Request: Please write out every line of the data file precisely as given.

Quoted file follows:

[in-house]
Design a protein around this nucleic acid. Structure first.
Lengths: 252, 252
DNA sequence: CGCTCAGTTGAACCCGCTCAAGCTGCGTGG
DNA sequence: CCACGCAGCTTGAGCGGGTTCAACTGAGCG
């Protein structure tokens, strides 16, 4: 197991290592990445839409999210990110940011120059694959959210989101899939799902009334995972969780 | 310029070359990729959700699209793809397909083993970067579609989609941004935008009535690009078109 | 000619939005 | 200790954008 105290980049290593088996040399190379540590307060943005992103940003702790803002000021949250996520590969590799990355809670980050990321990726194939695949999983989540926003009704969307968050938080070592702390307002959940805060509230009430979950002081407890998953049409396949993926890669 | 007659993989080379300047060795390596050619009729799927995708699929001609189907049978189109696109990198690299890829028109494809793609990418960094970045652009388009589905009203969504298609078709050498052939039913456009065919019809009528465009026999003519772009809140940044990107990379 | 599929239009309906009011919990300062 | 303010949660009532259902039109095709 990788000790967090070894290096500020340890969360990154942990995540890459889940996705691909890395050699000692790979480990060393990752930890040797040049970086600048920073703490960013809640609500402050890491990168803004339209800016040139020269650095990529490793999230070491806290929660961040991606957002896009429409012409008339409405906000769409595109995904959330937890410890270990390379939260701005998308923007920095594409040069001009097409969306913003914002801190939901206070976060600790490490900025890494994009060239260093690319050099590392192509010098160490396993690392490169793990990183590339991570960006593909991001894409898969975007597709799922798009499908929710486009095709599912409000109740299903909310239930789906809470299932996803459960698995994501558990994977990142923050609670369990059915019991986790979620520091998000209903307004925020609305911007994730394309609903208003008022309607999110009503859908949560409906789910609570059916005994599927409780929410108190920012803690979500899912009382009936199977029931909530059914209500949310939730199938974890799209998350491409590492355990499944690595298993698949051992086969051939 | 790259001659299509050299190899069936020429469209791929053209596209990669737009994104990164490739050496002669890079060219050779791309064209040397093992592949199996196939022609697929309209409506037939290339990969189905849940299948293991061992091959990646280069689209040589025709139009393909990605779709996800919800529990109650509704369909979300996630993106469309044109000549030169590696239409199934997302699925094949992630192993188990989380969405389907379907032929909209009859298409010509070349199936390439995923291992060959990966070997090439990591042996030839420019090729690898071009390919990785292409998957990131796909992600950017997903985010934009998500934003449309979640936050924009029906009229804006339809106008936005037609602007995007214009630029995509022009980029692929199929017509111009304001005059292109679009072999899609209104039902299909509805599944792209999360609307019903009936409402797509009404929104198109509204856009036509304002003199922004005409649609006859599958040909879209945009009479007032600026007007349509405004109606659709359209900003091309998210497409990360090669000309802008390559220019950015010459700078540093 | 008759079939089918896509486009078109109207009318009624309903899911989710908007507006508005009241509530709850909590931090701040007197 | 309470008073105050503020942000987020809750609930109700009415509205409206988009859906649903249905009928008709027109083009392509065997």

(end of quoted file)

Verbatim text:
[in-house]
Design a protein around this nucleic acid. Structure first.
Lengths: 252, 252
DNA sequence: CGCTCAGTTGAACCCGCTCAAGCTGCGTGG
DNA sequence: CCACGCAGCTTGAGCGGGTTCAACTGAGCG
């Protein structure tokens, strides 16, 4: 197991290592990445839409999210990110940011120059694959959210989101899939799902009334995972969780 | 310029070359990729959700699209793809397909083993970067579609989609941004935008009535690009078109 | 000619939005 | 200790954008 105290980049290593088996040399190379540590307060943005992103940003702790803002000021949250996520590969590799990355809670980050990321990726194939695949999983989540926003009704969307968050938080070592702390307002959940805060509230009430979950002081407890998953049409396949993926890669 | 007659993989080379300047060795390596050619009729799927995708699929001609189907049978189109696109990198690299890829028109494809793609990418960094970045652009388009589905009203969504298609078709050498052939039913456009065919019809009528465009026999003519772009809140940044990107990379 | 599929239009309906009011919990300062 | 303010949660009532259902039109095709 990788000790967090070894290096500020340890969360990154942990995540890459889940996705691909890395050699000692790979480990060393990752930890040797040049970086600048920073703490960013809640609500402050890491990168803004339209800016040139020269650095990529490793999230070491806290929660961040991606957002896009429409012409008339409405906000769409595109995904959330937890410890270990390379939260701005998308923007920095594409040069001009097409969306913003914002801190939901206070976060600790490490900025890494994009060239260093690319050099590392192509010098160490396993690392490169793990990183590339991570960006593909991001894409898969975007597709799922798009499908929710486009095709599912409000109740299903909310239930789906809470299932996803459960698995994501558990994977990142923050609670369990059915019991986790979620520091998000209903307004925020609305911007994730394309609903208003008022309607999110009503859908949560409906789910609570059916005994599927409780929410108190920012803690979500899912009382009936199977029931909530059914209500949310939730199938974890799209998350491409590492355990499944690595298993698949051992086969051939 | 790259001659299509050299190899069936020429469209791929053209596209990669737009994104990164490739050496002669890079060219050779791309064209040397093992592949199996196939022609697929309209409506037939290339990969189905849940299948293991061992091959990646280069689209040589025709139009393909990605779709996800919800529990109650509704369909979300996630993106469309044109000549030169590696239409199934997302699925094949992630192993188990989380969405389907379907032929909209009859298409010509070349199936390439995923291992060959990966070997090439990591042996030839420019090729690898071009390919990785292409998957990131796909992600950017997903985010934009998500934003449309979640936050924009029906009229804006339809106008936005037609602007995007214009630029995509022009980029692929199929017509111009304001005059292109679009072999899609209104039902299909509805599944792209999360609307019903009936409402797509009404929104198109509204856009036509304002003199922004005409649609006859599958040909879209945009009479007032600026007007349509405004109606659709359209900003091309998210497409990360090669000309802008390559220019950015010459700078540093 | 008759079939089918896509486009078109109207009318009624309903899911989710908007507006508005009241509530709850909590931090701040007197 | 309470008073105050503020942000987020809750609930109700009415509205409206988009859906649903249905009928008709027109083009392509065997």